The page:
It’s a tricky question – do you stick with a popular vehicle like Leyland did with its Mini or do you replace your line up every seven years or so as Ford, Vauxhall and Mercedes often do?
There’s a clear difference between an all-new model and a mid-life refresh.
Unimaginative accountants might say if it’s making money then stick with it but marketeers are all too familiar with the challenges of the product lifecycle.
The popular Mini took quite some time to actually turn a profit but now that BMW has reinvented it, all is well financially.
Renault’s answer to the original Mini was its popular 5 model introduced in 1972. There were just two generations of this vehicle. It was replaced in 1990 by the Clio and there have been three versions of this so far. Where the Renault 5 was around for 18 years the Clio has already been selling for 22 years and there are no signs that it’s going to be replaced. Clearly there isn’t a set time when a manufacturer should replace a model, if Renault is anything to go by.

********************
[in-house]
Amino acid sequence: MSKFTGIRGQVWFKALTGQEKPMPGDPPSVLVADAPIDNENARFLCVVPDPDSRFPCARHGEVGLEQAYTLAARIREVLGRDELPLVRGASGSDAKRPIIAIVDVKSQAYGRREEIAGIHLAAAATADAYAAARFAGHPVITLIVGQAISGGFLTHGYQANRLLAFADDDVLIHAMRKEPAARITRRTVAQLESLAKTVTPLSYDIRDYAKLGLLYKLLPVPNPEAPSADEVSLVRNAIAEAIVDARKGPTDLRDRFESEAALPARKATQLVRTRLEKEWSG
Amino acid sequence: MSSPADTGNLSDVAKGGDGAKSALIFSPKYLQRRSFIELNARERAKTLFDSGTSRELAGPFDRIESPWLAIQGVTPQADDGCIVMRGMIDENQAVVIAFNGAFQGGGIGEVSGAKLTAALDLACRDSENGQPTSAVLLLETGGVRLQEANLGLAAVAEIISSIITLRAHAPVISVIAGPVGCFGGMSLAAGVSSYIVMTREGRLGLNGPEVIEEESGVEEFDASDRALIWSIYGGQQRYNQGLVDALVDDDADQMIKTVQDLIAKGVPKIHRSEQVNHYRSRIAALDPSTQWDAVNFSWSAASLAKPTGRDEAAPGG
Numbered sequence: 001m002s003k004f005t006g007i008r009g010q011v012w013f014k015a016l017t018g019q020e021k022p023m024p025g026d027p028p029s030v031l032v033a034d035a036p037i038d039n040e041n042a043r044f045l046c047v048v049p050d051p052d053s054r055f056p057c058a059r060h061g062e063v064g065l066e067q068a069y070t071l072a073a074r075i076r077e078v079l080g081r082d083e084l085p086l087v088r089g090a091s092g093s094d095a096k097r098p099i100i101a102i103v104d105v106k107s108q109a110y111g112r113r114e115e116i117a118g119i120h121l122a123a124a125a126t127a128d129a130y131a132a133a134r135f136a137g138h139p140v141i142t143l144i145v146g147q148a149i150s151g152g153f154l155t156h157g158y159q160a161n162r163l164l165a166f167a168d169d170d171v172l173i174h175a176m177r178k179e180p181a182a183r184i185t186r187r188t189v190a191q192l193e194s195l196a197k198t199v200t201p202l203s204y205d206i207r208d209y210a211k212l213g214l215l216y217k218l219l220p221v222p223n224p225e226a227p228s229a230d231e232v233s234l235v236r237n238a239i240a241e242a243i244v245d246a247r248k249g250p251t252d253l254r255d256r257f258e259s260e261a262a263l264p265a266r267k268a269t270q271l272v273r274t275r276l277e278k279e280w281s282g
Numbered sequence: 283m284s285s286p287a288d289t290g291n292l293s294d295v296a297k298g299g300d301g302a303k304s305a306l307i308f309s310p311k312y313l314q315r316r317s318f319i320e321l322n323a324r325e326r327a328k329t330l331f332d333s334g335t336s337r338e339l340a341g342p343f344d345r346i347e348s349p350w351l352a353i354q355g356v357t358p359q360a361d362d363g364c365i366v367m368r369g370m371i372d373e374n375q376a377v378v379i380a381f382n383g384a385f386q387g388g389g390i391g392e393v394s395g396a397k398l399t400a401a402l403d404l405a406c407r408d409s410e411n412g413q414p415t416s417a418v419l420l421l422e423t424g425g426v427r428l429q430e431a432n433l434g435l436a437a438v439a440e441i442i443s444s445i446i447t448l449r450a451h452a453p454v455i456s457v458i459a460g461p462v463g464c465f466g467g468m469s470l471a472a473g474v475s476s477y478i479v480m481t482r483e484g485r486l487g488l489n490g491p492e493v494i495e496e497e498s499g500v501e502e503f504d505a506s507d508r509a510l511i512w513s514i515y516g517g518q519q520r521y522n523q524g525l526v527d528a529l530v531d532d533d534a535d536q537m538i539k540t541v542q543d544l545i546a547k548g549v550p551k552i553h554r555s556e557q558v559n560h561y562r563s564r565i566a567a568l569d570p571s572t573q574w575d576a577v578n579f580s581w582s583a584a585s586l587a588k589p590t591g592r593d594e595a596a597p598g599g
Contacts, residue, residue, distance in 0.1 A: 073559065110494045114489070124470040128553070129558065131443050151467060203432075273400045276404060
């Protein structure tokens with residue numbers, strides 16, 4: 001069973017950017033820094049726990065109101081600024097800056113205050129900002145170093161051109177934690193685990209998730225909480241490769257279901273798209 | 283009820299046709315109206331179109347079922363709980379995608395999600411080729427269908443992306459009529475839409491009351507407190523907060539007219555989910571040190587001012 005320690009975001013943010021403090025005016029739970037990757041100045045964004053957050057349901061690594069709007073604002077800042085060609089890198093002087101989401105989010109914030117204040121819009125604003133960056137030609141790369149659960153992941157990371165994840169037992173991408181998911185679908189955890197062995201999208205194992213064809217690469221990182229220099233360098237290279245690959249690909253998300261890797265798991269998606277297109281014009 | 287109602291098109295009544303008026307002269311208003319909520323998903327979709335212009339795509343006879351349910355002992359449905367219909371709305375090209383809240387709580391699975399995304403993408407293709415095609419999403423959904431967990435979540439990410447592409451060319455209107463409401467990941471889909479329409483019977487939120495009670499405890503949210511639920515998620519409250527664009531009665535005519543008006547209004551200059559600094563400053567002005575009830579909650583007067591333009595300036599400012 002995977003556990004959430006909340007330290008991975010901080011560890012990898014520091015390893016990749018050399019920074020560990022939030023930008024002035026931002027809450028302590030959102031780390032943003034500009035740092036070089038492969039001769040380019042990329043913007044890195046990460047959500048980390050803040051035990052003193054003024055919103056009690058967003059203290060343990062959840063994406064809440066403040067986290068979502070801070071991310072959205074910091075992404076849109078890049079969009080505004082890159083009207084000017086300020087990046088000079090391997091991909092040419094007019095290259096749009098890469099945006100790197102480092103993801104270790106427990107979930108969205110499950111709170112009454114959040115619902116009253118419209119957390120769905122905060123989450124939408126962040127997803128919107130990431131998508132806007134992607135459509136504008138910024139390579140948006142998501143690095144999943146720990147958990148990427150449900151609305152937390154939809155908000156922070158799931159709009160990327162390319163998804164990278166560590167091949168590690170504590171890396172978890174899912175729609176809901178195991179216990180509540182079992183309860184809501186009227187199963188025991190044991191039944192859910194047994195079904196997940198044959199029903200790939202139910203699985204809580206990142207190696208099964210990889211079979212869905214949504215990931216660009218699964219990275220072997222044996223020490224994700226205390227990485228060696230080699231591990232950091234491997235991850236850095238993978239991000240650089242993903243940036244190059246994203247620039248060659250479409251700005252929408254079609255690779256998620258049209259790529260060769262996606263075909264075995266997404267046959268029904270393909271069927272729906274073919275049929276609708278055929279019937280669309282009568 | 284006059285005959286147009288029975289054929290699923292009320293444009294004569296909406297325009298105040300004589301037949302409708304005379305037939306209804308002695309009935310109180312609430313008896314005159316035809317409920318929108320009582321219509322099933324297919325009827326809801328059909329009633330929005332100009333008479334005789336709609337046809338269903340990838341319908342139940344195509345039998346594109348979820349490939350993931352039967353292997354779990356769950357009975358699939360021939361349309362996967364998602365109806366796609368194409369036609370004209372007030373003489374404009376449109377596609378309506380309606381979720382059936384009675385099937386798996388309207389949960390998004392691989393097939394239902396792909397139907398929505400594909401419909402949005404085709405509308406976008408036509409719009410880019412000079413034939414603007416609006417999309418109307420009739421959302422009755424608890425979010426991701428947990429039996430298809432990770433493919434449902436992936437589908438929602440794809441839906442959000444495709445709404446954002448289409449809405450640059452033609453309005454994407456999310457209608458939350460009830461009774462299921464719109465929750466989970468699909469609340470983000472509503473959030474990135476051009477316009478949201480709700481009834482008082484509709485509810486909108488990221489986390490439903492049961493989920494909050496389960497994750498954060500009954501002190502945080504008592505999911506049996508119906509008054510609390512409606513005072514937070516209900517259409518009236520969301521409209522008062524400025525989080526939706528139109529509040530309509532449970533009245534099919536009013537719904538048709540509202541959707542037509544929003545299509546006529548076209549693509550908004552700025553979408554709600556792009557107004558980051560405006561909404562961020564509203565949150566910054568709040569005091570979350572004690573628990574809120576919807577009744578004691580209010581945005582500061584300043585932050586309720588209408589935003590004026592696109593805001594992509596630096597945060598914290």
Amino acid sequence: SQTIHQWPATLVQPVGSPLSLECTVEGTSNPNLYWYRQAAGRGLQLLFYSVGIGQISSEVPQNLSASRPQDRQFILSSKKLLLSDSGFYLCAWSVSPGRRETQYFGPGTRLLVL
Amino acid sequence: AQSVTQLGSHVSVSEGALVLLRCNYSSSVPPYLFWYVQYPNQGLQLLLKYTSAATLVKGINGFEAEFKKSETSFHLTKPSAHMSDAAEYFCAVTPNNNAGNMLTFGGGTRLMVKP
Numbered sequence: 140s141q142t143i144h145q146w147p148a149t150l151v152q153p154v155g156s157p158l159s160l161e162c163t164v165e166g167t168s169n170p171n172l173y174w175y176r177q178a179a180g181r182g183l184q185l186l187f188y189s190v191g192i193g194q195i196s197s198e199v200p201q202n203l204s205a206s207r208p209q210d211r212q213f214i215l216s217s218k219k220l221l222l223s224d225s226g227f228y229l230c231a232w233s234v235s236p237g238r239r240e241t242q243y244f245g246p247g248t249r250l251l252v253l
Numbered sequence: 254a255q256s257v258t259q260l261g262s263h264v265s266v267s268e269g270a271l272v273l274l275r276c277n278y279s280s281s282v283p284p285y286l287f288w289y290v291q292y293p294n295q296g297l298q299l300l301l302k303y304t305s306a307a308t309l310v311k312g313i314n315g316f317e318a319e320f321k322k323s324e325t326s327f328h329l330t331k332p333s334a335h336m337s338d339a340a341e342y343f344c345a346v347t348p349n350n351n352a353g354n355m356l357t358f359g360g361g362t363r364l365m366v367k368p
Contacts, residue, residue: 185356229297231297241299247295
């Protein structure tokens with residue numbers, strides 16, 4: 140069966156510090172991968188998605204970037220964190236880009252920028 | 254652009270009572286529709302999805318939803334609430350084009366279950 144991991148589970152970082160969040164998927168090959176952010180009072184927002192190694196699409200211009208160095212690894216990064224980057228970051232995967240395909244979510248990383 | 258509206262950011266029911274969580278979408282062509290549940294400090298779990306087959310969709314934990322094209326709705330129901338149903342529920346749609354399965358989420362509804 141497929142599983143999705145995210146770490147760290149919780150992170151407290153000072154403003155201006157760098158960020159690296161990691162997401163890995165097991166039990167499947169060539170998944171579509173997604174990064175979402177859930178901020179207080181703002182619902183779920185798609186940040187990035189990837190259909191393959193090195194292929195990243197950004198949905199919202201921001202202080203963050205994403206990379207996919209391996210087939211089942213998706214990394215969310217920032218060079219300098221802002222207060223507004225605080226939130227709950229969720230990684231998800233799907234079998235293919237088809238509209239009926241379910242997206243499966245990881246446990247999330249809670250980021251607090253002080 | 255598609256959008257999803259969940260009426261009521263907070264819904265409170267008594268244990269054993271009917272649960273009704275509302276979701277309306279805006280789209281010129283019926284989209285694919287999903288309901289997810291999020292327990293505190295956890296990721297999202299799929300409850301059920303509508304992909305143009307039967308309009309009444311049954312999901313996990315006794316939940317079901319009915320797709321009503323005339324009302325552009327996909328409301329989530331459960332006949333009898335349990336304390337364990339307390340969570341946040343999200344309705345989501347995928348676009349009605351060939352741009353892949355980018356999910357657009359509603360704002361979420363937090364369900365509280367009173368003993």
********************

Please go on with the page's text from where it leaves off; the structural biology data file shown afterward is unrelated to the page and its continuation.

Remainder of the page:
The latest Clio has more rounded edges and still looks young and fresh. But there’s more to it than that because it’s also engaging to drive and the 1.5-litre three-door diesel tested is incredibly efficient easily returning over 60mpg and allowing over 700 miles travel on a single 55-litre tank. Quite an achievement. My only criticism is that the generally comfortable seats are not as supportive as they could be over long distances.
The test takes place at a time when there are storm warnings across the UK and the Clio handles the strong winds well. It really is enjoyable to drive such an efficient car because you don’t find yourself fretting about fuel bills and on this alone the Clio scores highly.
Renault has always done things a little differently and the interior is inviting if a little bland. The controls are easy to find and use while the indicator and wash wipe stalks have their own unique characteristics.
Parkers, the car experts, say: “Stylish, chic and enjoyable to drive, the Renault Clio is a superb little hatchback that has proved hugely popular. There’s a good choice of engines available. The driving position isn’t the best and tall drivers will find there’s a lack of headroom but the Renault is still fun to drive with keen handling and a good ride.”
This is the hatchback to beat.
New price range:
£7,935 - £14,600
Top speed: 103mph
Watch the video at www.testdrives.biz